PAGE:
Morgan Stanley and JP Morgan both predict increases for crude because of tight supplies
Brent crude rose above $110 a barrel on Monday on a weaker dollar and concerns over global oil supplies, after losing $16 last week in the biggest ever decline in dollar terms.
After the massive losses for oil on Thursday, banks Morgan Stanley and JP Morgan both predicted increases for crude because of tight supplies.
Brent crude for June rose by $1.52 to $110.65 a barrel by 0639 GMT. U.S. crude was up by $1.67 to $98.85, after gaining more than $2 earlier.
"Data is so plentiful that when a correction happens, it tends to happen all at once. I think the market is mostly done with the correction," said Tony Nunan, a risk manager with Mitsubishi Corp in Tokyo.
The dollar also reversed direction, with the euro bouncing back in early Asian trade as traders scooped it up after a steep drop last week. The greenback down 0.3 percent against a basket of currencies by 0635 GMT.
However, uncertainty over how the euro zone will tackle debt crises in some of its member countries could come back to haunt the single currency.
The Reuters-Jefferies CRB index, a global benchmark for commodities prices, last week staged its biggest weekly drop since late 2008.
"The market is likely to trade sideways till the dust settles and new data emerges," said Nunan.
According to technical charts, Brent futures are expected to revisit Friday's low of $105.15 per barrel, while US crude could head back down to $94.63, said Reuters market analyst Wang Tao.
Ongoing unrest in the Middle East and North Africa and tightening oil supplies will continue to support prices, analysts said.
"Importantly, supply disruptions are still present and despite higher prices, global oil demand remains robust," US investment bank Morgan Stanley said in a research note on Monday, echoing earlier calls by JP Morgan and Goldman Sachs.
JP Morgan raised its 2011 Brent forecast by $10 to $120 a barrel, and expects the global market to be under supplied for the rest of the year by 500,000 barrels per day.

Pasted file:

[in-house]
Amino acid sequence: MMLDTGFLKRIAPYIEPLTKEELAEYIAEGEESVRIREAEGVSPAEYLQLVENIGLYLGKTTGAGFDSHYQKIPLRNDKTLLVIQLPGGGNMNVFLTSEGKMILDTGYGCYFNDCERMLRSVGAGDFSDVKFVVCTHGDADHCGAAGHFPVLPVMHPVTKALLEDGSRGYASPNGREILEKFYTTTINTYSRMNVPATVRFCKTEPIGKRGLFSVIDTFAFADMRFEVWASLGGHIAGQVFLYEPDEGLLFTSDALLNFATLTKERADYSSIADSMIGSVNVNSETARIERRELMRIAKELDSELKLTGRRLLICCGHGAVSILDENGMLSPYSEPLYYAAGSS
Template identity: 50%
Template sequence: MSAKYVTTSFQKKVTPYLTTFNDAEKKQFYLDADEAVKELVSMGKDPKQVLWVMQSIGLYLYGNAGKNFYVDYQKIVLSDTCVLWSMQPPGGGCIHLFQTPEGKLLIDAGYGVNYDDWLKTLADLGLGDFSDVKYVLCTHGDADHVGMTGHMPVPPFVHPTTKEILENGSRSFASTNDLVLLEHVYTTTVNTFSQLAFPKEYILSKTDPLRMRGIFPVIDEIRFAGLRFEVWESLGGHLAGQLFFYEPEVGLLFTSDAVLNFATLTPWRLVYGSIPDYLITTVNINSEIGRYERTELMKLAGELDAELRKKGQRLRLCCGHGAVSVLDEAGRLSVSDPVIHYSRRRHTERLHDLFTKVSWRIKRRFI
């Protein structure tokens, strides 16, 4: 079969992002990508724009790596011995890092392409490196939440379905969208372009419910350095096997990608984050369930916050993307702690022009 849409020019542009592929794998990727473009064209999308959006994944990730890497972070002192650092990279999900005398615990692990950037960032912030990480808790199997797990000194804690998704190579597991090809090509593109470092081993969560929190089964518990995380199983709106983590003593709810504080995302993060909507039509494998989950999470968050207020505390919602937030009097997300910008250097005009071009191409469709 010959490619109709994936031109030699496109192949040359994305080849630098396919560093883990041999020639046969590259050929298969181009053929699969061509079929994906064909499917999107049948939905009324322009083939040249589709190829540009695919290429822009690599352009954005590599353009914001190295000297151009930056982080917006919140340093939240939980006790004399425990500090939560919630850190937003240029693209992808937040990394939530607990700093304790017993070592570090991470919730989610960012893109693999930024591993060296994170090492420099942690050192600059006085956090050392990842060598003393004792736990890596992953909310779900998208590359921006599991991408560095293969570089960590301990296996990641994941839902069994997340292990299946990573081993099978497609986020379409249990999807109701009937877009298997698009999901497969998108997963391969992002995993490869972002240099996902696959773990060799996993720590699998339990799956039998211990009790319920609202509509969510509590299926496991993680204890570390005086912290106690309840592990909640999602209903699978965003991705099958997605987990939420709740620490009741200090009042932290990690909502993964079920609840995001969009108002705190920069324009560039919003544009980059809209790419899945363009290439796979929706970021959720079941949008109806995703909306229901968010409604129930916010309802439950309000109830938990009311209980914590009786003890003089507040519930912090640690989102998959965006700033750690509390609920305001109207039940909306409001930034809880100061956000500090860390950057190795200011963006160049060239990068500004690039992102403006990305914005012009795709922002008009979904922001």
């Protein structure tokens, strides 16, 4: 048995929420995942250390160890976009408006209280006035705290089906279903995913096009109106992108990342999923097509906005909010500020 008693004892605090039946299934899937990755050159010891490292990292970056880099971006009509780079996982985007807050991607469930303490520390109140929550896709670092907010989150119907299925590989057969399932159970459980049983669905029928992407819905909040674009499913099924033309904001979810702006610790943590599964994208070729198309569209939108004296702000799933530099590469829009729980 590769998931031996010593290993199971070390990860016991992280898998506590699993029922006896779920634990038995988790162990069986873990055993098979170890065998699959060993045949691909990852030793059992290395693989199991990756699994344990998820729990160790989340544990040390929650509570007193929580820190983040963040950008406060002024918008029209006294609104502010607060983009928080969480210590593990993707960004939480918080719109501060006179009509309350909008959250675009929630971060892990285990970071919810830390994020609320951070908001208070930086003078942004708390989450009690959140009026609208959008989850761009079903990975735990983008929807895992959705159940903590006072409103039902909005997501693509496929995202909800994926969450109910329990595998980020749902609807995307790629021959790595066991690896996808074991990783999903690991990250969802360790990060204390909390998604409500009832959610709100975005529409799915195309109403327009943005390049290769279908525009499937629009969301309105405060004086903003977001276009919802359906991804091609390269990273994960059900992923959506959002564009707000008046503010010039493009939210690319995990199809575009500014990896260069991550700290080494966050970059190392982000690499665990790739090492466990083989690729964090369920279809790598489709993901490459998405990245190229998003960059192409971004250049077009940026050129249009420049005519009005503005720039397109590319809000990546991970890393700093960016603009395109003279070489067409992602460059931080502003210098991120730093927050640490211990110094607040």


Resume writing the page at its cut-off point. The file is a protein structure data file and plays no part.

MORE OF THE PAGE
Goldman Sachs , which in April predicted a major correction in oil prices, on Friday said oil could surpass its recent highs by 2012 as global oil supplies keep tightening.
Iran's OPEC governor Mohammad Ali Khatibi said on Sunday he expected the price of oil to pick up again during the start of the summer season, but said the market was well supplied.
OPEC is due to meet in June, and if supply remains at the current levels there will be no need to boost output, Khatibi added.
Top oil exporter Saudi Arabia will supply full term volumes to most of its customers in Asia in June, stable from the previous month, as it meets rising demand from the region, trade sources said on Monday.
The disruption of oil exports from Libya and the weaker dollar sent crude to its highest level since 2008 this year, with US crude over $114 a barrel at the start of May, and Brent topping $127 a barrel in April.
Traders expect prices to be rangebound ahead of key Chinese inflation data expected on Wednesday. A higher than expected reading might revive expectations of more policy tightening from Beijing, dealing a further blow to beaten-down commodities.
"The Chinese data is going to be key this week on how the market moves. More negative data is going to be bad for the market," said Mitsubishi's Nunan.
Data from Beijing is likely to include CPI, which may show that inflation in April eased from a 32-month high due to a slight decline in food prices.